Some of us have a few interests outside of politics, hard as that may be to believe at times. Long time readers already know of the running, friendly rivalry between Ed and myself over his ill considered support of the Pittsburgh Steelers matched up with my soon to be rewarded loyalty to the New York Jets. (Hey… we’re DUE any day now.)
Unfortunately, one of my favorite writers of this generation, George Will, threw some cold water on everyone’s enthusiasm last week with a column which essentially pronounces the death of the NFL. I didn’t respond to it immediately, mostly because it was simply so depressing. But as I watched the first of the pre-season games rolling out this week I thought it was worth a look.
Are you ready for some football? First, however, are you ready for some autopsies?
The opening of the NFL training camps coincided with the closing of the investigation into the April suicide by gunshot of Ray Easterling, 62, an eight-season NFL safety in the 1970s. The autopsy found moderately severe chronic traumatic encephalopathy, progressive damage to the brain associated with repeated blows to the head. CTE was identified as a major cause of Mr. Easterling’s depression and dementia…
In 1980, only three NFL players weighed 300 or more pounds. In 2011, according to pro-football-reference.com, there were 352, including three 350-pounders. Thirty-one of the NFL’s 32 offensive lines averaged more than 300.
Various unsurprising studies indicate high early mortality rates among linemen resulting from cardiovascular disease. For all players who play five or more years, life expectancy is less than 60; for linemen it is much less.
While I don’t find myself calling for an end to football as being “too dangerous” I also wouldn’t ask anyone to shy away from Will’s column. There’s a lot of important information there regarding injury statistics and the damage sustained by today’s players. But is the simple fact that today’s players are, on average, much larger and more dangerous (in terms of raw, kinetic energy) than those of days of yore a reason to throw the baby out with the bath water?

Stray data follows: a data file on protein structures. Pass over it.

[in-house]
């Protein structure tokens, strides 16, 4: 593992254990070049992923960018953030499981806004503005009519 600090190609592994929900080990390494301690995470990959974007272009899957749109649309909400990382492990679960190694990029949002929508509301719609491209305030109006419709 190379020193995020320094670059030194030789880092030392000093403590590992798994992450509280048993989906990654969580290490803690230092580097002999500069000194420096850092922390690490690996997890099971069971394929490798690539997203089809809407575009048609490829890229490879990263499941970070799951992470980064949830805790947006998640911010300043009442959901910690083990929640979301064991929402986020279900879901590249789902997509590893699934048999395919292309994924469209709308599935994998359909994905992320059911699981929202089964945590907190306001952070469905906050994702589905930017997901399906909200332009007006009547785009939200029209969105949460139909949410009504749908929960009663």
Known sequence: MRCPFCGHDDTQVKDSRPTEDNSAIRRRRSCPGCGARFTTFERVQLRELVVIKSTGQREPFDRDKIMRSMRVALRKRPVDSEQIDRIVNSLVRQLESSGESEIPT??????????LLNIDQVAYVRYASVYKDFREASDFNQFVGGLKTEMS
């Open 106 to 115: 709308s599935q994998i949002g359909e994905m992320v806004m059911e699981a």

Will highlights some valid concerns. Simply saying, “hey, this is football, not ballet, so tough it out” isn’t a good enough answer. If we’re seeing this many injuries of the magnitude described, we clearly can do better. But that’s the point. I’m quite sure that we can do better. We put people into space and on the bottom of the ocean. We send workers and soldiers into incredibly dangerous situations all the time and find ways to address the specific risks they face. Can’t we do the same for football?
There have been some serious advances in football equipment over the years, but many of them are largely sledgehammer fixes to problems requiring tweezers. It seems to me that player equipment could be made more protective from high momentum impact damage without turning it into a spacesuit unsuitable for game day. Let’s not give up on the greatest game in America. Let’s get some top minds to work on making it safer while retaining the legendary character of it that we know and love.